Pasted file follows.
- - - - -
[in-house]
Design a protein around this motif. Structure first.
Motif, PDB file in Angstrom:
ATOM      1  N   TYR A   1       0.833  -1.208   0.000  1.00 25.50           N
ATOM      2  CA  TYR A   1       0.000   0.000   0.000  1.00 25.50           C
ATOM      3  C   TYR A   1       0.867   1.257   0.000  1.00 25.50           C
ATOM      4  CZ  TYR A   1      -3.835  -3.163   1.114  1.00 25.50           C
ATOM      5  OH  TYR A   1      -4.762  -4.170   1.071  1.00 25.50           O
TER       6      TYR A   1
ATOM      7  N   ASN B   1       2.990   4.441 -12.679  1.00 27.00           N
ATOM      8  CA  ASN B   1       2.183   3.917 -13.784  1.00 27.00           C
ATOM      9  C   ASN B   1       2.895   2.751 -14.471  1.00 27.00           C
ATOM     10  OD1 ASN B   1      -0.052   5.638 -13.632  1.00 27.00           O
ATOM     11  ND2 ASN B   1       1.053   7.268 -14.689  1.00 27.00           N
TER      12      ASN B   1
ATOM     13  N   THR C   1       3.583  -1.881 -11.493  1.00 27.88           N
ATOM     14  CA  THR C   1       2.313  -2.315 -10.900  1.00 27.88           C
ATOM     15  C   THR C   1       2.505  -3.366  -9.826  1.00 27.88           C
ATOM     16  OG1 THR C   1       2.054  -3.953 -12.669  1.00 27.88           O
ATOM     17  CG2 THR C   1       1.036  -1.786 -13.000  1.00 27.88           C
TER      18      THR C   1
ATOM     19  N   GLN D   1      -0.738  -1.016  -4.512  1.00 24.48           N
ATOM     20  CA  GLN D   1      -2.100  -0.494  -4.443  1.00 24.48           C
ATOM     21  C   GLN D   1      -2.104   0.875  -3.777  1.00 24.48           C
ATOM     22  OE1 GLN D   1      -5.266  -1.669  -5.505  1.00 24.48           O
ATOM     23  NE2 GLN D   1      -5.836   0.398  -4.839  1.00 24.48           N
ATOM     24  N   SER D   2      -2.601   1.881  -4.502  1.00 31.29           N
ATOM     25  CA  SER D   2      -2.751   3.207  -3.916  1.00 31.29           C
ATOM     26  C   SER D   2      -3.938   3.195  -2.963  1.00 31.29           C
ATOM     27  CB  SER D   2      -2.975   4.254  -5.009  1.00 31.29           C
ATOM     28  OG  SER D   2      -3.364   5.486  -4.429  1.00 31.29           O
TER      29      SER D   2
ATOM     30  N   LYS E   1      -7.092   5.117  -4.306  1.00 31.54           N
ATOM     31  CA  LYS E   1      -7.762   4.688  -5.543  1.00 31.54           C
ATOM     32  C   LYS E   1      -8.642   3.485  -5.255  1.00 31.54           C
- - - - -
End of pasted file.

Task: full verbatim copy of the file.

[in-house]
Design a protein around this motif. Structure first.
Motif, PDB file in Angstrom:
ATOM      1  N   TYR A   1       0.833  -1.208   0.000  1.00 25.50           N
ATOM      2  CA  TYR A   1       0.000   0.000   0.000  1.00 25.50           C
ATOM      3  C   TYR A   1       0.867   1.257   0.000  1.00 25.50           C
ATOM      4  CZ  TYR A   1      -3.835  -3.163   1.114  1.00 25.50           C
ATOM      5  OH  TYR A   1      -4.762  -4.170   1.071  1.00 25.50           O
TER       6      TYR A   1
ATOM      7  N   ASN B   1       2.990   4.441 -12.679  1.00 27.00           N
ATOM      8  CA  ASN B   1       2.183   3.917 -13.784  1.00 27.00           C
ATOM      9  C   ASN B   1       2.895   2.751 -14.471  1.00 27.00           C
ATOM     10  OD1 ASN B   1      -0.052   5.638 -13.632  1.00 27.00           O
ATOM     11  ND2 ASN B   1       1.053   7.268 -14.689  1.00 27.00           N
TER      12      ASN B   1
ATOM     13  N   THR C   1       3.583  -1.881 -11.493  1.00 27.88           N
ATOM     14  CA  THR C   1       2.313  -2.315 -10.900  1.00 27.88           C
ATOM     15  C   THR C   1       2.505  -3.366  -9.826  1.00 27.88           C
ATOM     16  OG1 THR C   1       2.054  -3.953 -12.669  1.00 27.88           O
ATOM     17  CG2 THR C   1       1.036  -1.786 -13.000  1.00 27.88           C
TER      18      THR C   1
ATOM     19  N   GLN D   1      -0.738  -1.016  -4.512  1.00 24.48           N
ATOM     20  CA  GLN D   1      -2.100  -0.494  -4.443  1.00 24.48           C
ATOM     21  C   GLN D   1      -2.104   0.875  -3.777  1.00 24.48           C
ATOM     22  OE1 GLN D   1      -5.266  -1.669  -5.505  1.00 24.48           O
ATOM     23  NE2 GLN D   1      -5.836   0.398  -4.839  1.00 24.48           N
ATOM     24  N   SER D   2      -2.601   1.881  -4.502  1.00 31.29           N
ATOM     25  CA  SER D   2      -2.751   3.207  -3.916  1.00 31.29           C
ATOM     26  C   SER D   2      -3.938   3.195  -2.963  1.00 31.29           C
ATOM     27  CB  SER D   2      -2.975   4.254  -5.009  1.00 31.29           C
ATOM     28  OG  SER D   2      -3.364   5.486  -4.429  1.00 31.29           O
TER      29      SER D   2
ATOM     30  N   LYS E   1      -7.092   5.117  -4.306  1.00 31.54           N
ATOM     31  CA  LYS E   1      -7.762   4.688  -5.543  1.00 31.54           C
ATOM     32  C   LYS E   1      -8.642   3.485  -5.255  1.00 31.54           C